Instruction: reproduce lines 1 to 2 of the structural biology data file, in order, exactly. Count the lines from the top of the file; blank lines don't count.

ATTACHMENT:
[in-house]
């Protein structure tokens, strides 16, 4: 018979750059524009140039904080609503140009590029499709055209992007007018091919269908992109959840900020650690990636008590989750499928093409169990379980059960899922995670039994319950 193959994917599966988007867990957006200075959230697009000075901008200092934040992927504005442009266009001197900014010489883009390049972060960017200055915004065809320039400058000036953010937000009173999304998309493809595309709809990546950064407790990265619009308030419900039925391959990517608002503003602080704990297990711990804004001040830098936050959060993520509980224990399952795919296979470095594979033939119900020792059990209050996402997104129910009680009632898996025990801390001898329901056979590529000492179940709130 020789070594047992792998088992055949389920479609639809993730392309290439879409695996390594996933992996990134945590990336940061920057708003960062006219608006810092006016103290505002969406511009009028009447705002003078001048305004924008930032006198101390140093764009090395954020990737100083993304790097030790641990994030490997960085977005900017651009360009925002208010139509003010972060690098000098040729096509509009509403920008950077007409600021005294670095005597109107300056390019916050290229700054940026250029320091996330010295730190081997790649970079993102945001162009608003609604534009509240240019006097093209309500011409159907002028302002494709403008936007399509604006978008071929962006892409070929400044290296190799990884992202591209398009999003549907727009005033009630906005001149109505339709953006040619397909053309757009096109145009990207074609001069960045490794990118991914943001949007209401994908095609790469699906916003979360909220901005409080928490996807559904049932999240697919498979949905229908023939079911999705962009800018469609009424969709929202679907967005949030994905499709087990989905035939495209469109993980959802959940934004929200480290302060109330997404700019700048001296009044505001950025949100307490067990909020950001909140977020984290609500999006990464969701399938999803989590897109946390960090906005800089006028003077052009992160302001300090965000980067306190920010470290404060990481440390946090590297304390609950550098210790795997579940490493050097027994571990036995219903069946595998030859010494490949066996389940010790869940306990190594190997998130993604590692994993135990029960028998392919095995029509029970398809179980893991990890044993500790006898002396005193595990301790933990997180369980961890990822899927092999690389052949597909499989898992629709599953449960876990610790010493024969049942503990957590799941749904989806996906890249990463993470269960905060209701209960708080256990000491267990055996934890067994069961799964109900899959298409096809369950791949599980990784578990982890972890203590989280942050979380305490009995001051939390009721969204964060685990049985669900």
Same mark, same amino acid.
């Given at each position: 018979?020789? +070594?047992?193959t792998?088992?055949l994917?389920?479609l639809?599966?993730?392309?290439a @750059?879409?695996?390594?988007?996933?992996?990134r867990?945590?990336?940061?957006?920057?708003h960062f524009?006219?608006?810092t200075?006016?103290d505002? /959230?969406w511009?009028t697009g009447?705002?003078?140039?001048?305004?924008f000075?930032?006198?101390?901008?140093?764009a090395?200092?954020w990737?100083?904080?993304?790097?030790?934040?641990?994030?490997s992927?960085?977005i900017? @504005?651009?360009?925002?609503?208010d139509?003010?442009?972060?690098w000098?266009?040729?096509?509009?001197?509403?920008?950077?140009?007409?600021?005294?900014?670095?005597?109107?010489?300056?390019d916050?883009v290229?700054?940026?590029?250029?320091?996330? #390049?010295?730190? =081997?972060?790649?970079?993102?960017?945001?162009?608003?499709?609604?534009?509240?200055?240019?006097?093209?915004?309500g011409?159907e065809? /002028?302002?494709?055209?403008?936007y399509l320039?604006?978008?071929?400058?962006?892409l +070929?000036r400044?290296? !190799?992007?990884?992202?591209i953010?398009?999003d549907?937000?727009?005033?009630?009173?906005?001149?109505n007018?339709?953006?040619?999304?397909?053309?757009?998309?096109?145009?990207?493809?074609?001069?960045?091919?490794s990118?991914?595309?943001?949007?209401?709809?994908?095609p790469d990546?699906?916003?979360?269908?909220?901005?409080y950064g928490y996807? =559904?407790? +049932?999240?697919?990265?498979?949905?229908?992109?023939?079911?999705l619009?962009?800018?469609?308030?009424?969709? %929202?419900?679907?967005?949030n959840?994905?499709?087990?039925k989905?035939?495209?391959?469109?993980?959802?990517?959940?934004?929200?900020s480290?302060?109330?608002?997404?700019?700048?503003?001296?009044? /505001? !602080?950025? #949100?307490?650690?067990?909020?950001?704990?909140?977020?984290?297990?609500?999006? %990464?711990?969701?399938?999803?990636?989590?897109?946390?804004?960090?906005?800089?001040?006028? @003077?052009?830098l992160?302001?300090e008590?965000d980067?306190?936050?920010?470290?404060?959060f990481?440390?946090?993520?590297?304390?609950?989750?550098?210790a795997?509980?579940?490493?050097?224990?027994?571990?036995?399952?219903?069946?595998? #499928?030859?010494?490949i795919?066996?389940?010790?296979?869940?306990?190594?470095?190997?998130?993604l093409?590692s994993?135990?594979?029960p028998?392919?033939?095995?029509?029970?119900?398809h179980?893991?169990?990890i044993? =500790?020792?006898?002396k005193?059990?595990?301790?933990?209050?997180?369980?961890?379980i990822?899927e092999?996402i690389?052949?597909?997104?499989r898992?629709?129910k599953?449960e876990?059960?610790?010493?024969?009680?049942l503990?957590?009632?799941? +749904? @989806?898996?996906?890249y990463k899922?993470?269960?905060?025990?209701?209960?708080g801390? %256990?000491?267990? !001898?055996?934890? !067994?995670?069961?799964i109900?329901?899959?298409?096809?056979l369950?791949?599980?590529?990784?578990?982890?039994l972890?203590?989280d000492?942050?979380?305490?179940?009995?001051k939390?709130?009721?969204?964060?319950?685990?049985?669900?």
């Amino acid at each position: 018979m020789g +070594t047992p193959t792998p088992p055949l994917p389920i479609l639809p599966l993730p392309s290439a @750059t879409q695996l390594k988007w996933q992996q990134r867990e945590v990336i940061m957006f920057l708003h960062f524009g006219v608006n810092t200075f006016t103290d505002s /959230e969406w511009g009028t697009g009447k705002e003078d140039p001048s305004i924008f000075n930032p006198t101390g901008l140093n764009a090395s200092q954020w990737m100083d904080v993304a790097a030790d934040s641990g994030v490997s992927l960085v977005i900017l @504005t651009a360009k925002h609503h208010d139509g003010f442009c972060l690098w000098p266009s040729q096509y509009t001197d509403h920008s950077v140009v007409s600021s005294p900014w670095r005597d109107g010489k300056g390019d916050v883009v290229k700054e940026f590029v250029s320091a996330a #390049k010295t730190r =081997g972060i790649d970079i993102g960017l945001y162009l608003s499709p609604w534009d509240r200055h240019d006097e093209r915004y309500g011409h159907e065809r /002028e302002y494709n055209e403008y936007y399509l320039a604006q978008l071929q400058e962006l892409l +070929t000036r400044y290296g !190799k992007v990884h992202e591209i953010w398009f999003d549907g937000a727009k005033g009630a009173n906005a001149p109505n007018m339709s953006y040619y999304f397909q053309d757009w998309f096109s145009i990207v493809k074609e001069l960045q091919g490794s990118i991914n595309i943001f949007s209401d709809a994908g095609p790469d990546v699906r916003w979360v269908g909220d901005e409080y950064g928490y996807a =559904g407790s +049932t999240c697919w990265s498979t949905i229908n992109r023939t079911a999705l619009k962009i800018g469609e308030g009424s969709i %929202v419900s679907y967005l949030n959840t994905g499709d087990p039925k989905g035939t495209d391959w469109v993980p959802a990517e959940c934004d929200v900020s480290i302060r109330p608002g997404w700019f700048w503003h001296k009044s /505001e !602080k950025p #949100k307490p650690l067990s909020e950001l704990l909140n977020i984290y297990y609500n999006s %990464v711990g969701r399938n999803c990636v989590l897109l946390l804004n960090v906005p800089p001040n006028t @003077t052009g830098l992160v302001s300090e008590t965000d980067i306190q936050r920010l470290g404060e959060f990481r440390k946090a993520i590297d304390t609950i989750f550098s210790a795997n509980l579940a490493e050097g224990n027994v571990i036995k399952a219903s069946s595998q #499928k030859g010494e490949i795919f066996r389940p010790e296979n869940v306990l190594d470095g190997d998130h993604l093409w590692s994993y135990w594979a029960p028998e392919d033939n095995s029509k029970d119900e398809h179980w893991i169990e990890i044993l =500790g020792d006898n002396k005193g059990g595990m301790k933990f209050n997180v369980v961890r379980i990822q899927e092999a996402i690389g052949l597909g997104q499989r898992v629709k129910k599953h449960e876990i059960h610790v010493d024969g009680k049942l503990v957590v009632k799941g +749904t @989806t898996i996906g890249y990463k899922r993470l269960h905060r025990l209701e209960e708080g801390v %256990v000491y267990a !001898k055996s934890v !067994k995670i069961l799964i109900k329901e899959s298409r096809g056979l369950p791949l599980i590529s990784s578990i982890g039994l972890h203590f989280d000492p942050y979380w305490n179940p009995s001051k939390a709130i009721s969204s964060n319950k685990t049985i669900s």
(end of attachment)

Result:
[in-house]
């Protein structure tokens, strides 16, 4: 018979750059524009140039904080609503140009590029499709055209992007007018091919269908992109959840900020650690990636008590989750499928093409169990379980059960899922995670039994319950 193959994917599966988007867990957006200075959230697009000075901008200092934040992927504005442009266009001197900014010489883009390049972060960017200055915004065809320039400058000036953010937000009173999304998309493809595309709809990546950064407790990265619009308030419900039925391959990517608002503003602080704990297990711990804004001040830098936050959060993520509980224990399952795919296979470095594979033939119900020792059990209050996402997104129910009680009632898996025990801390001898329901056979590529000492179940709130 020789070594047992792998088992055949389920479609639809993730392309290439879409695996390594996933992996990134945590990336940061920057708003960062006219608006810092006016103290505002969406511009009028009447705002003078001048305004924008930032006198101390140093764009090395954020990737100083993304790097030790641990994030490997960085977005900017651009360009925002208010139509003010972060690098000098040729096509509009509403920008950077007409600021005294670095005597109107300056390019916050290229700054940026250029320091996330010295730190081997790649970079993102945001162009608003609604534009509240240019006097093209309500011409159907002028302002494709403008936007399509604006978008071929962006892409070929400044290296190799990884992202591209398009999003549907727009005033009630906005001149109505339709953006040619397909053309757009096109145009990207074609001069960045490794990118991914943001949007209401994908095609790469699906916003979360909220901005409080928490996807559904049932999240697919498979949905229908023939079911999705962009800018469609009424969709929202679907967005949030994905499709087990989905035939495209469109993980959802959940934004929200480290302060109330997404700019700048001296009044505001950025949100307490067990909020950001909140977020984290609500999006990464969701399938999803989590897109946390960090906005800089006028003077052009992160302001300090965000980067306190920010470290404060990481440390946090590297304390609950550098210790795997579940490493050097027994571990036995219903069946595998030859010494490949066996389940010790869940306990190594190997998130993604590692994993135990029960028998392919095995029509029970398809179980893991990890044993500790006898002396005193595990301790933990997180369980961890990822899927092999690389052949597909499989898992629709599953449960876990610790010493024969049942503990957590799941749904989806996906890249990463993470269960905060209701209960708080256990000491267990055996934890067994069961799964109900899959298409096809369950791949599980990784578990982890972890203590989280942050979380305490009995001051939390009721969204964060685990049985669900």